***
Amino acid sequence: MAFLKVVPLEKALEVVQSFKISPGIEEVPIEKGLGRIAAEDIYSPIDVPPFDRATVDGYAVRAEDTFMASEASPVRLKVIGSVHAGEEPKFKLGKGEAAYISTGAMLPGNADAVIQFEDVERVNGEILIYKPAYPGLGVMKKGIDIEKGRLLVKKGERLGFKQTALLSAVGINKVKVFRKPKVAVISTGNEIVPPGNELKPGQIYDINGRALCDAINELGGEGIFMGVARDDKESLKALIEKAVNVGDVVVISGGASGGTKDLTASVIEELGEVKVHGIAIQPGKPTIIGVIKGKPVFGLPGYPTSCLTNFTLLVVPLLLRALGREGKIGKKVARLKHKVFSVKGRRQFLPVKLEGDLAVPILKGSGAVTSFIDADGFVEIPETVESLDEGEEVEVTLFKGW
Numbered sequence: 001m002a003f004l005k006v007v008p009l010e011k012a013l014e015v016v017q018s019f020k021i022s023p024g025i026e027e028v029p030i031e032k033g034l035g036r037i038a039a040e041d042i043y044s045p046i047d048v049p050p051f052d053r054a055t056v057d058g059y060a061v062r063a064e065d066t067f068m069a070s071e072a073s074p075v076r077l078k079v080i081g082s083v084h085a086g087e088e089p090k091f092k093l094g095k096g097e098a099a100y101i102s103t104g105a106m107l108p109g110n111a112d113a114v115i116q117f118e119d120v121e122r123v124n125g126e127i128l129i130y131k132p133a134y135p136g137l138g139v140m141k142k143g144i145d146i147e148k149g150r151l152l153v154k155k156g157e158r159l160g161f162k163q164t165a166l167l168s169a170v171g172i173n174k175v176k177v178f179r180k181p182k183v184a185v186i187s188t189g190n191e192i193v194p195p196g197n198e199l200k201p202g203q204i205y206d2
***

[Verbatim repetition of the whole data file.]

Amino acid sequence: MAFLKVVPLEKALEVVQSFKISPGIEEVPIEKGLGRIAAEDIYSPIDVPPFDRATVDGYAVRAEDTFMASEASPVRLKVIGSVHAGEEPKFKLGKGEAAYISTGAMLPGNADAVIQFEDVERVNGEILIYKPAYPGLGVMKKGIDIEKGRLLVKKGERLGFKQTALLSAVGINKVKVFRKPKVAVISTGNEIVPPGNELKPGQIYDINGRALCDAINELGGEGIFMGVARDDKESLKALIEKAVNVGDVVVISGGASGGTKDLTASVIEELGEVKVHGIAIQPGKPTIIGVIKGKPVFGLPGYPTSCLTNFTLLVVPLLLRALGREGKIGKKVARLKHKVFSVKGRRQFLPVKLEGDLAVPILKGSGAVTSFIDADGFVEIPETVESLDEGEEVEVTLFKGW
Numbered sequence: 001m002a003f004l005k006v007v008p009l010e011k012a013l014e015v016v017q018s019f020k021i022s023p024g025i026e027e028v029p030i031e032k033g034l035g036r037i038a039a040e041d042i043y044s045p046i047d048v049p050p051f052d053r054a055t056v057d058g059y060a061v062r063a064e065d066t067f068m069a070s071e072a073s074p075v076r077l078k079v080i081g082s083v084h085a086g087e088e089p090k091f092k093l094g095k096g097e098a099a100y101i102s103t104g105a106m107l108p109g110n111a112d113a114v115i116q117f118e119d120v121e122r123v124n125g126e127i128l129i130y131k132p133a134y135p136g137l138g139v140m141k142k143g144i145d146i147e148k149g150r151l152l153v154k155k156g157e158r159l160g161f162k163q164t165a166l167l168s169a170v171g172i173n174k175v176k177v178f179r180k181p182k183v184a185v186i187s188t189g190n191e192i193v194p195p196g197n198e199l200k201p202g203q204i205y206d2